By way of this gate-function, mindful awareness holds the capacity not only for overriding the top-down processes of the conditioned mind, but for recognizing the dialogical self for what it truly is—a phantom arising from neurological conditioning (Waller, 2007, p. 64). Waller (2007) has stated that prefrontal-mediated witnessing of--rather than identifying with—the voice of the dialogical self is the means by which attachment to the ego is diminished (p. 77). The cultivation and establishment of the narrow gate, therefore, down-regulates the amygdale and limbic system (Creswell, et al, 2007), so that the mosaic voice of the L-N-M system eventually subsides to varying degrees, opening the possibility for the reverberating circuits of meta-awareness to mediate the blissful realization of sat-chit-ananda, a yogic term for the experience of one’s true nature as being-consciousness-bliss (Ghose, 2001, p. 161).
Nataraja (2008) postulates this process as being neurologically mediated first by activity in the attention association area within the prefrontal lobes, the stabilization of which is followed by a decrease of activity in the right parietal lobe, resulting in an experience of spaciousness and wholeness (p. 85-87). This is believed to trigger a response in the autonomic nervous system, so that the parasympathetic nervous system comes online and mediates a sense of peace and blissfulness (p. 89).
When the activity of the right parietal lobe stabilizes, its activity eventually spills over into the left parietal lobe, helping to mediate the dissolution of the self/other boundary (p. 89). Once balanced, another autonomic response occurs, this time within the sympathetic nervous system, giving rise to the experience of clarity and insight (p. 89). During the simultaneous activation and balancing of the yin (parasympathetic) and yang (sympathetic) of the autonomic nervous system, both penetrating insight and blissful presence emerge into conscious experience (p. 95). The more this neurophenomenological process is repeated (presumably within the later stages of development), the more identification with that stage of development loosens until such identification ceases altogether, at which time identification with the next stage begins (Wilber, 2000, p. 197).
The Neuroscience of Wholeness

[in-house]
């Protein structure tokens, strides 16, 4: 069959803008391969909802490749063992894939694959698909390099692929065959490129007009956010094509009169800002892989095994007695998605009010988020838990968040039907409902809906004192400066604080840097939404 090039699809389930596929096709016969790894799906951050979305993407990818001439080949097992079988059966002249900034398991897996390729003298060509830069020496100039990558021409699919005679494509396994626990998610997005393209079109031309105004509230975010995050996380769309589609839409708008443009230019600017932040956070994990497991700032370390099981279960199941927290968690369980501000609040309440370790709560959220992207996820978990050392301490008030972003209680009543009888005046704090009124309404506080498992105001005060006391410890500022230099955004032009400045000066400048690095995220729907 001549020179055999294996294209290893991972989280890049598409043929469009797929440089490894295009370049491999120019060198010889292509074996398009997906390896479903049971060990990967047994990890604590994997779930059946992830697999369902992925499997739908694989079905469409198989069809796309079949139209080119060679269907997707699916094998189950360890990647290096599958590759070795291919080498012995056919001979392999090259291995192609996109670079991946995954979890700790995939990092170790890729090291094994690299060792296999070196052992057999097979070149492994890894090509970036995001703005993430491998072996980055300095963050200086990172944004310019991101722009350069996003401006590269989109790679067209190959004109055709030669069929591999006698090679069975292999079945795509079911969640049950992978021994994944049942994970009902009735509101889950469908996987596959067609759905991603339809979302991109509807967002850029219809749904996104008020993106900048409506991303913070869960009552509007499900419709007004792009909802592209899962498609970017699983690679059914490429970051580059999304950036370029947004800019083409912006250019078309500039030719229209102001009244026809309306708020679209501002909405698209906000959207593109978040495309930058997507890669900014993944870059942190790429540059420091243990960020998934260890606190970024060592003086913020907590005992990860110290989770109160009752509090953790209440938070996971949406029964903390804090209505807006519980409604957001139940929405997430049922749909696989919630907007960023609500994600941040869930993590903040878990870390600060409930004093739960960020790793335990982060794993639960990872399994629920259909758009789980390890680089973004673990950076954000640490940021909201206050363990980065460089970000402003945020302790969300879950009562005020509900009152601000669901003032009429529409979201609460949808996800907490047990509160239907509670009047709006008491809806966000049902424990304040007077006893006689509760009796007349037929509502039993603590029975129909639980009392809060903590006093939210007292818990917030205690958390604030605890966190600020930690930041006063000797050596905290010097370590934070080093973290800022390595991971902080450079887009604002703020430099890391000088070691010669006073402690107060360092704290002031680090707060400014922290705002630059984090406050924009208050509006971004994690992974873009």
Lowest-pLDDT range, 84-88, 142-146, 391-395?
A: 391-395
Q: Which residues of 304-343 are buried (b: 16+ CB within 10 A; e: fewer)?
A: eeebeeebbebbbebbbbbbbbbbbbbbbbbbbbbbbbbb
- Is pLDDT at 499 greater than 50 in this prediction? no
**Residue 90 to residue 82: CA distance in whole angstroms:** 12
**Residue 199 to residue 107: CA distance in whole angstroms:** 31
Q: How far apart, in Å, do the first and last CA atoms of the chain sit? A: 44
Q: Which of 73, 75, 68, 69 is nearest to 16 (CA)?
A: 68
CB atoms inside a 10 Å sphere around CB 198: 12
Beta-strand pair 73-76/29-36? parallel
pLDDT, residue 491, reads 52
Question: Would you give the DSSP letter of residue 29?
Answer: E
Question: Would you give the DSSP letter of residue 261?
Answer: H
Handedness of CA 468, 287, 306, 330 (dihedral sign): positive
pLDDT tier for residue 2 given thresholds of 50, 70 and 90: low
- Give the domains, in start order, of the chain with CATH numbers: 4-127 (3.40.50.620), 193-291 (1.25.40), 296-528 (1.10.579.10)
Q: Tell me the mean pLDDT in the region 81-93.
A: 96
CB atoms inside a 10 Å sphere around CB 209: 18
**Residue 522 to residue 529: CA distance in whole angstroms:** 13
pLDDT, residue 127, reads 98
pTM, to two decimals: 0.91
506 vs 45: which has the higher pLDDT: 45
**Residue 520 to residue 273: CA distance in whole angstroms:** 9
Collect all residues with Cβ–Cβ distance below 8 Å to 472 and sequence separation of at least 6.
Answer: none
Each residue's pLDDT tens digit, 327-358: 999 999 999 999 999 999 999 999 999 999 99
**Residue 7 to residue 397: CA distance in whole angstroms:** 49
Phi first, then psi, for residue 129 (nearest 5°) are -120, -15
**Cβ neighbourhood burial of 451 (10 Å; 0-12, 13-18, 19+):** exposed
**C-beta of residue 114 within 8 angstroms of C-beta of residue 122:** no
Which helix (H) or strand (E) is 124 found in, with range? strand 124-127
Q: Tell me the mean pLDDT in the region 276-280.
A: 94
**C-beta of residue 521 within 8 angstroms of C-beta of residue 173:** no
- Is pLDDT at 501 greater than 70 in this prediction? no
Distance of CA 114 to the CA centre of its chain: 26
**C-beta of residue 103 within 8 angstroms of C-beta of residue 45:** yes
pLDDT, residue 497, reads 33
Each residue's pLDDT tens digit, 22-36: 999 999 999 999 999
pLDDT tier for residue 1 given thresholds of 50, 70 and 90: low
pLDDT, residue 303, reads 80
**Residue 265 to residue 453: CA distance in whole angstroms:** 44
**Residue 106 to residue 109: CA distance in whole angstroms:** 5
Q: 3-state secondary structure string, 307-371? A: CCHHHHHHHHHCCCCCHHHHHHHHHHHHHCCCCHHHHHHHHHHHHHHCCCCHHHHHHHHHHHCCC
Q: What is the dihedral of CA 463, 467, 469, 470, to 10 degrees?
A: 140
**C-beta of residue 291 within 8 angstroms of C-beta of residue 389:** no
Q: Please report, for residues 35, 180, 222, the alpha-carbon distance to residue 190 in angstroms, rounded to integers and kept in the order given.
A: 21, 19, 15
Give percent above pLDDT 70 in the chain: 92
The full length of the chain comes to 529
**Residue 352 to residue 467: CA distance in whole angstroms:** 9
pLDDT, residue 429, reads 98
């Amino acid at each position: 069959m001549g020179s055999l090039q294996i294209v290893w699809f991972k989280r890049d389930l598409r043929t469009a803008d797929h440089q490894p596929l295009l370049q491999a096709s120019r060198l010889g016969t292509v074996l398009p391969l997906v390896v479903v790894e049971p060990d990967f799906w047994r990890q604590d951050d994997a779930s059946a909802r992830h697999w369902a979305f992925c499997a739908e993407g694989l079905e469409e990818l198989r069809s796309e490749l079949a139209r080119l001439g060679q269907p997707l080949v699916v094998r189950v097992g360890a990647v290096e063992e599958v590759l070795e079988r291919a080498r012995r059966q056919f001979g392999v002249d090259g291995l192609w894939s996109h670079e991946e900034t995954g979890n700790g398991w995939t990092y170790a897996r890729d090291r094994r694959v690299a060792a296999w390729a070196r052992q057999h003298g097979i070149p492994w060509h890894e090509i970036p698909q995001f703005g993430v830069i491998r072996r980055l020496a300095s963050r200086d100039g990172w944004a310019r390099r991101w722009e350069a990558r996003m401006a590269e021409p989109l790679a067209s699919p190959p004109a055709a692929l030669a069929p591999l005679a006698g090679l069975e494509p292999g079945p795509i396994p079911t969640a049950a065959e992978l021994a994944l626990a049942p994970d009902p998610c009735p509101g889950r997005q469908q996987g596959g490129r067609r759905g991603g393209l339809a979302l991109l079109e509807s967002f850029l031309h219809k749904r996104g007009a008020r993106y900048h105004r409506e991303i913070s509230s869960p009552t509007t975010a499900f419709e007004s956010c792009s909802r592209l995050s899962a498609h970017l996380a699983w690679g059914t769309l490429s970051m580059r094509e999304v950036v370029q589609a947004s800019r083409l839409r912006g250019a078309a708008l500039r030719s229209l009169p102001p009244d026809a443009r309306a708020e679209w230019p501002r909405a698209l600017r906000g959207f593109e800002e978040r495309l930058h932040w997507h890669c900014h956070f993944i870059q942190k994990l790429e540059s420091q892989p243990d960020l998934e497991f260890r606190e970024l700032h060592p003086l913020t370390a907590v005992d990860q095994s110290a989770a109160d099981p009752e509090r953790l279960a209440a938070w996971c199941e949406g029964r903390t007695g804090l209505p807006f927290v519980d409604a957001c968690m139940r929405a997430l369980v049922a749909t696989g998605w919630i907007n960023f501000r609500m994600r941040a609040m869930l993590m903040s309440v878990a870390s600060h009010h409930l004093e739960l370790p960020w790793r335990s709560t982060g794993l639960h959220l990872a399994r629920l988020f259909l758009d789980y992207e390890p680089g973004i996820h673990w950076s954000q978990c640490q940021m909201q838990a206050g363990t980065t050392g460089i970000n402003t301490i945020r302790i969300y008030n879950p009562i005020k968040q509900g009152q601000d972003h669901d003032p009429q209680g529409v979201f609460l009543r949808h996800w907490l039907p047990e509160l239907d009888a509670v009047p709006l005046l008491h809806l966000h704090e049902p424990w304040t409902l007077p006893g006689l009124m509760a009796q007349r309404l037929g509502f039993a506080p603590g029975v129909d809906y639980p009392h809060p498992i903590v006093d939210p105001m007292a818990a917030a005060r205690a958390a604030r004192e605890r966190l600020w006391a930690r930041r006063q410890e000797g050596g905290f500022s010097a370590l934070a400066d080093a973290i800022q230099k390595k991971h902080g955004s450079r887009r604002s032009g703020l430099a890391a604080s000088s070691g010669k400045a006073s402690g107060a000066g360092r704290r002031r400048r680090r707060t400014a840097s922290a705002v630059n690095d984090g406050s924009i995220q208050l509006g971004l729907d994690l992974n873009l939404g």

As previously mentioned, spiritual development is mediated in large part by progressive integration of right brain and left brain processes, especially when healthy right modes of being and awareness become predominant over left analytical modes (see Figure 5). In keeping with Lao Tzu’s dictum to “[k]now the yang, but keep to the yin” (Towler & Cleare, 2005, p. 23), this neurological theory of development states that balance between the perceptual modes does not necessarily refer to equal measures of activity in each mode. Rather, in this view, right modes of being become increasingly dominant yet holistically integrated with left modes, so that right modes of awareness become the greater spiritual context in which left modes of analysis and interpretation are formed (see Figure 6), with the result being that rational modes of thought are transcended and included by supra-rational modes of mindful presence.
In essence, the direction toward which this neurological process is aimed is the eventual transcendence of the brain and conditioned mind as the loci of the self, which comes with the liberating realization that one does not necessarily have to be the victim of one’s neurophysiology. At the same time, though the brain and phenomenal mind are transcended, they are also included as valuable tools for relating to others in the relative world, with the distinction that they are now realized to be ever-changing phenomena rather than the ground of being. As a consequence, not only are certain aspects of behavior now radically shifted, one’s personal narrative is, to quote Pierre Teilhard de Chardin, that of “a spiritual being having a human experience.”